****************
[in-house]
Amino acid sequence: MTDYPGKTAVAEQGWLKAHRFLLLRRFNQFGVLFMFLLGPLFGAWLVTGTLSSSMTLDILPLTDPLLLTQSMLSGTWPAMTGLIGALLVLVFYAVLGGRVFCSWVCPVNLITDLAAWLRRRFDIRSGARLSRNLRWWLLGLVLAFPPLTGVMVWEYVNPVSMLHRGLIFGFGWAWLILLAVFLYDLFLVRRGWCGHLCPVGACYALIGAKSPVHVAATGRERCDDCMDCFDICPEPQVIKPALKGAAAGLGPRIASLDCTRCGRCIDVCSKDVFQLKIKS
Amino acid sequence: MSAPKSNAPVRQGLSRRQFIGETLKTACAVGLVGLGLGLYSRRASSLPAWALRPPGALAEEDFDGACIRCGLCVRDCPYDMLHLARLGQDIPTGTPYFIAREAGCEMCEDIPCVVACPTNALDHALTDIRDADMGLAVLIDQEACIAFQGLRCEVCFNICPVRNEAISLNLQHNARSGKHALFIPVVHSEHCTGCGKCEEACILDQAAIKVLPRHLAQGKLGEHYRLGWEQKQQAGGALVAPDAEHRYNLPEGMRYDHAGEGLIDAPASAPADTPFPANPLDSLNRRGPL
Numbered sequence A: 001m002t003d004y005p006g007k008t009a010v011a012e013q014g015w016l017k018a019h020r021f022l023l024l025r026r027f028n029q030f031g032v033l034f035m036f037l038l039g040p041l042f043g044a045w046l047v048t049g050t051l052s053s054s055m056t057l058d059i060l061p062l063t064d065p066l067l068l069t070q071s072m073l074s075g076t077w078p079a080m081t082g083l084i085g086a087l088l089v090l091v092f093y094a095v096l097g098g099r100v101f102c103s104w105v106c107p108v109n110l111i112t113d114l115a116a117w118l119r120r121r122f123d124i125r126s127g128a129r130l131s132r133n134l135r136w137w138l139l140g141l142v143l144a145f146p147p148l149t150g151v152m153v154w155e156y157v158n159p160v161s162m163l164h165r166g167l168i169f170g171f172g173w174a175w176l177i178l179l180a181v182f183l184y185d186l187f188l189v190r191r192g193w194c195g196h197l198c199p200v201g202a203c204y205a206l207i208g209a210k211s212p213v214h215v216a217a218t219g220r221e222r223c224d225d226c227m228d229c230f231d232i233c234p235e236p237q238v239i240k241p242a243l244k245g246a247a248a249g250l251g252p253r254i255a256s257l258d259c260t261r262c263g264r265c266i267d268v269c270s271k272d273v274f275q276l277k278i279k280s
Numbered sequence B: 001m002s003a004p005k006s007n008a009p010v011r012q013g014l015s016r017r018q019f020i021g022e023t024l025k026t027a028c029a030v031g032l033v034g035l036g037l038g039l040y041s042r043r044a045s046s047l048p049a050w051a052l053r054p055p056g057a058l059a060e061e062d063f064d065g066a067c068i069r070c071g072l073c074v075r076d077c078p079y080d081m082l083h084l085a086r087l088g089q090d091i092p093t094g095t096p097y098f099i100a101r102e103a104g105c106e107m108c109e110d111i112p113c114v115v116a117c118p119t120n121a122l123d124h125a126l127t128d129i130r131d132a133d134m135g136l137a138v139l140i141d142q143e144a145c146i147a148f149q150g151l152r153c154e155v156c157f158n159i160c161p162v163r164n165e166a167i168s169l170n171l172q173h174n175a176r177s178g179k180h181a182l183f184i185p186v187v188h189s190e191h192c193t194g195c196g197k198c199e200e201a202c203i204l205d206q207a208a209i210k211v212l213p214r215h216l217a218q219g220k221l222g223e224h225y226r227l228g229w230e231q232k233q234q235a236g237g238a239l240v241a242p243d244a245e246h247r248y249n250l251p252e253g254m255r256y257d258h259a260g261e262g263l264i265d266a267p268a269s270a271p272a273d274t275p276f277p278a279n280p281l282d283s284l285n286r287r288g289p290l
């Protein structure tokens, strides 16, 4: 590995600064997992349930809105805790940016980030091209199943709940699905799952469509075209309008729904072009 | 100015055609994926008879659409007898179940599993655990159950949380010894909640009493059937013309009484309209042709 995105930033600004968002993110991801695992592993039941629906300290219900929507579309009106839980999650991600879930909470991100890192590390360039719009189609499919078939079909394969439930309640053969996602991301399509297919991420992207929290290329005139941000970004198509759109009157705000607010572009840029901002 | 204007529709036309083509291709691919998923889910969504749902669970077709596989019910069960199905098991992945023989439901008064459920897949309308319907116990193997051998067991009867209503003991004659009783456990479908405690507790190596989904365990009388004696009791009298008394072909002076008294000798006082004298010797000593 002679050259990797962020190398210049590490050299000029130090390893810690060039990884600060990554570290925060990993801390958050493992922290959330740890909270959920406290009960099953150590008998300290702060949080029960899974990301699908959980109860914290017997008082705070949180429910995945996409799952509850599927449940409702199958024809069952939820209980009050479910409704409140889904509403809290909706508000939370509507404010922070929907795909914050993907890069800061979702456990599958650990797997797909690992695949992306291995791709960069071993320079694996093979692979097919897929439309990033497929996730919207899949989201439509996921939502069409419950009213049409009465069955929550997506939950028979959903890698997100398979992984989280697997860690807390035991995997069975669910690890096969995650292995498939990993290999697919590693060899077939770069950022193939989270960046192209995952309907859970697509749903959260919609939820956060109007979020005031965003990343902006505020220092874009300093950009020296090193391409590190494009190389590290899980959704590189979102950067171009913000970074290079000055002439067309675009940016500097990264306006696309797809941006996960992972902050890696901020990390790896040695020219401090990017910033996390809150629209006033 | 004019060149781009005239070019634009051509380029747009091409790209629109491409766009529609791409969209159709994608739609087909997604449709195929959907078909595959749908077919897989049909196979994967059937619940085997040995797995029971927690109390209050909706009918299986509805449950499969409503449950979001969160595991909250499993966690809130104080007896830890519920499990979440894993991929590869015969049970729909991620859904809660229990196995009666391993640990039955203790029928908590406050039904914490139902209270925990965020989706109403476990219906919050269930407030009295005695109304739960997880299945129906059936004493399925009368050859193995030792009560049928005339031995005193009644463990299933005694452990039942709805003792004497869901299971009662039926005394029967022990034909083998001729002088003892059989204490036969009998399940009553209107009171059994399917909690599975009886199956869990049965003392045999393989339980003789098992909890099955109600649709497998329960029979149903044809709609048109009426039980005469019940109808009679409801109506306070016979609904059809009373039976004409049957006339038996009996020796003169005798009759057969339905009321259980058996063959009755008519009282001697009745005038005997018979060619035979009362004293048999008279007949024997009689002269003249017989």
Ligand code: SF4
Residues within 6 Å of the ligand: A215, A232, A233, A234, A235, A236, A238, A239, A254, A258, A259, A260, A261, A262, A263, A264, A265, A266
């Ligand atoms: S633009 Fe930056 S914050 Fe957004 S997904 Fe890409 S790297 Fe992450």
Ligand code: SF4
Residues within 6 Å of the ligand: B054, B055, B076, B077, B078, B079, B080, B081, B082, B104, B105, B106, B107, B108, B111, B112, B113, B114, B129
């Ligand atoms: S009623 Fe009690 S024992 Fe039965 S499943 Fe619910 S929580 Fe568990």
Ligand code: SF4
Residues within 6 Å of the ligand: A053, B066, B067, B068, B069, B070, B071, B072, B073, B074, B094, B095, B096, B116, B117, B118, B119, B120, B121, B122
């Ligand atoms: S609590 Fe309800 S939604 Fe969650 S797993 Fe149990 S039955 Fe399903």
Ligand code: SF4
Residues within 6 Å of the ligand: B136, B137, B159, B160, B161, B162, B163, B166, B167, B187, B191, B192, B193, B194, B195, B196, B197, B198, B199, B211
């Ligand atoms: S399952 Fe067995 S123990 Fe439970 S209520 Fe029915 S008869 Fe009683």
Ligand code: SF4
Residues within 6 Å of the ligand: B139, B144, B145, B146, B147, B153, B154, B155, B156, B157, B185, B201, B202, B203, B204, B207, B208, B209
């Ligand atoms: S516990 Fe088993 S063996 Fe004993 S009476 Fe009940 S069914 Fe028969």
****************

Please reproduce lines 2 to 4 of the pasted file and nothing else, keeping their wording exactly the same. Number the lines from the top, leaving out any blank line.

Amino acid sequence: MTDYPGKTAVAEQGWLKAHRFLLLRRFNQFGVLFMFLLGPLFGAWLVTGTLSSSMTLDILPLTDPLLLTQSMLSGTWPAMTGLIGALLVLVFYAVLGGRVFCSWVCPVNLITDLAAWLRRRFDIRSGARLSRNLRWWLLGLVLAFPPLTGVMVWEYVNPVSMLHRGLIFGFGWAWLILLAVFLYDLFLVRRGWCGHLCPVGACYALIGAKSPVHVAATGRERCDDCMDCFDICPEPQVIKPALKGAAAGLGPRIASLDCTRCGRCIDVCSKDVFQLKIKS
Amino acid sequence: MSAPKSNAPVRQGLSRRQFIGETLKTACAVGLVGLGLGLYSRRASSLPAWALRPPGALAEEDFDGACIRCGLCVRDCPYDMLHLARLGQDIPTGTPYFIAREAGCEMCEDIPCVVACPTNALDHALTDIRDADMGLAVLIDQEACIAFQGLRCEVCFNICPVRNEAISLNLQHNARSGKHALFIPVVHSEHCTGCGKCEEACILDQAAIKVLPRHLAQGKLGEHYRLGWEQKQQAGGALVAPDAEHRYNLPEGMRYDHAGEGLIDAPASAPADTPFPANPLDSLNRRGPL
Numbered sequence A: 001m002t003d004y005p006g007k008t009a010v011a012e013q014g015w016l017k018a019h020r021f022l023l024l025r026r027f028n029q030f031g032v033l034f035m036f037l038l039g040p041l042f043g044a045w046l047v048t049g050t051l052s053s054s055m056t057l058d059i060l061p062l063t064d065p066l067l068l069t070q071s072m073l074s075g076t077w078p079a080m081t082g083l084i085g086a087l088l089v090l091v092f093y094a095v096l097g098g099r100v101f102c103s104w105v106c107p108v109n110l111i112t113d114l115a116a117w118l119r120r121r122f123d124i125r126s127g128a129r130l131s132r133n134l135r136w137w138l139l140g141l142v143l144a145f146p147p148l149t150g151v152m153v154w155e156y157v158n159p160v161s162m163l164h165r166g167l168i169f170g171f172g173w174a175w176l177i178l179l180a181v182f183l184y185d186l187f188l189v190r191r192g193w194c195g196h197l198c199p200v201g202a203c204y205a206l207i208g209a210k211s212p213v214h215v216a217a218t219g220r221e222r223c224d225d226c227m228d229c230f231d232i233c234p235e236p237q238v239i240k241p242a243l244k245g246a247a248a249g250l251g252p253r254i255a256s257l258d259c260t261r262c263g264r265c266i267d268v269c270s271k272d273v274f275q276l277k278i279k280s